Penguins are a group of aquatic flightless birds. They live almost exclusively in the southern hemisphere: only one species, the Galápagos penguin, is found north of the Equator. Highly adapted for life in the water, penguins have countershaded dark and white plumage and flippers for swimming. Most penguins feed on krill, fish, squid and other forms of sea life which they catch while swimming underwater. They spend roughly half of their lives on land and the other half in the sea.
Although almost all penguin species are native to the southern hemisphere, they are not found only in areas with cold climates, such as Antarctica. In fact, only a few species of penguin live that far south. Several species are found in the temperate zone, and one species, the Galápagos penguin, lives near the Equator.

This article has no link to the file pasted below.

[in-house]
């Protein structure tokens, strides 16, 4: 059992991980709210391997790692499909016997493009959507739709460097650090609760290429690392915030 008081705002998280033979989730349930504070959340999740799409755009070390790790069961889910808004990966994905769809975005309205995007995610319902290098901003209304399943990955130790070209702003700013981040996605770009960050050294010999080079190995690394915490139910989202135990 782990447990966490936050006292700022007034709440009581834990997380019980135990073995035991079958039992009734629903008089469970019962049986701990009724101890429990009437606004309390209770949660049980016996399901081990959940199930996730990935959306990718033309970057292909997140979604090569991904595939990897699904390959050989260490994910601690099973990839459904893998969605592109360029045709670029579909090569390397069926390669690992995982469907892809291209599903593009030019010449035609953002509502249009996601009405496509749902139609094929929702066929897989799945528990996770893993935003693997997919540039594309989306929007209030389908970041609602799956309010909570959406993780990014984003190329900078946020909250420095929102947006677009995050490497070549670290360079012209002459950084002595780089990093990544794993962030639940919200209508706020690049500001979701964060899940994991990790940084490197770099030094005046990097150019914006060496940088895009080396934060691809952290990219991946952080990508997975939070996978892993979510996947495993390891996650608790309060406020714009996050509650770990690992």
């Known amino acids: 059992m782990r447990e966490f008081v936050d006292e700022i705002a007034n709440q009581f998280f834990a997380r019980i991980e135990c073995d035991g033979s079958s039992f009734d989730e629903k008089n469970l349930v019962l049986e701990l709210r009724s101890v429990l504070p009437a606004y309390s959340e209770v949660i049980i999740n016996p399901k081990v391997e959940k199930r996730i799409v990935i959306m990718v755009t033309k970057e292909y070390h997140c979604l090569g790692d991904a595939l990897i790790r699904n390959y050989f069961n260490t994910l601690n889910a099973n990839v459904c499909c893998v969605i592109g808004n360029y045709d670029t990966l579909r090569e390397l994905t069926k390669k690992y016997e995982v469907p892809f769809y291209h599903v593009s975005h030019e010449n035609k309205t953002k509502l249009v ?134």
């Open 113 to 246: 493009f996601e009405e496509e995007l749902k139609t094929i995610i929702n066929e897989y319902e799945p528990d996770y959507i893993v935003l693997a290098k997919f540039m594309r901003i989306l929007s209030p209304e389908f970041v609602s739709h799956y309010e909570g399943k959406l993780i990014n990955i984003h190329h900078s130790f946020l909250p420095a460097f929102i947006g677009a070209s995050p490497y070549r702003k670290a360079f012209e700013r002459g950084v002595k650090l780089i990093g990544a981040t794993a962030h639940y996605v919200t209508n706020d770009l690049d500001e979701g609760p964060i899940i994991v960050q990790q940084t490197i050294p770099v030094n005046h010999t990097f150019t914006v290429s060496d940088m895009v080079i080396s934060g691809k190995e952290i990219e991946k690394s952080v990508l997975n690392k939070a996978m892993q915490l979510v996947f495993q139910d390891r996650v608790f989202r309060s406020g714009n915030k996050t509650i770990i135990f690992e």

The largest living species is the emperor penguin (Aptenodytes forsteri): on average, adults are about 1.1 m (3 ft 7 in) tall and weigh 35 kg (77 lb). The smallest penguin species is the little blue penguin (Eudyptula minor), also known as the fairy penguin, which stands around 33 cm (13 in) tall and weighs 1 kg (2.2 lb). In general today, larger penguins inhabit colder regions, and smaller penguins inhabit regions with temperate or tropical climates. Some prehistoric penguin species were enormous: as tall or heavy as an adult human. There was a great diversity of species in subantarctic regions, and at least one giant species in a region around 2,000 km south of the equator 35 million years ago, in a climate decidedly warmer than today.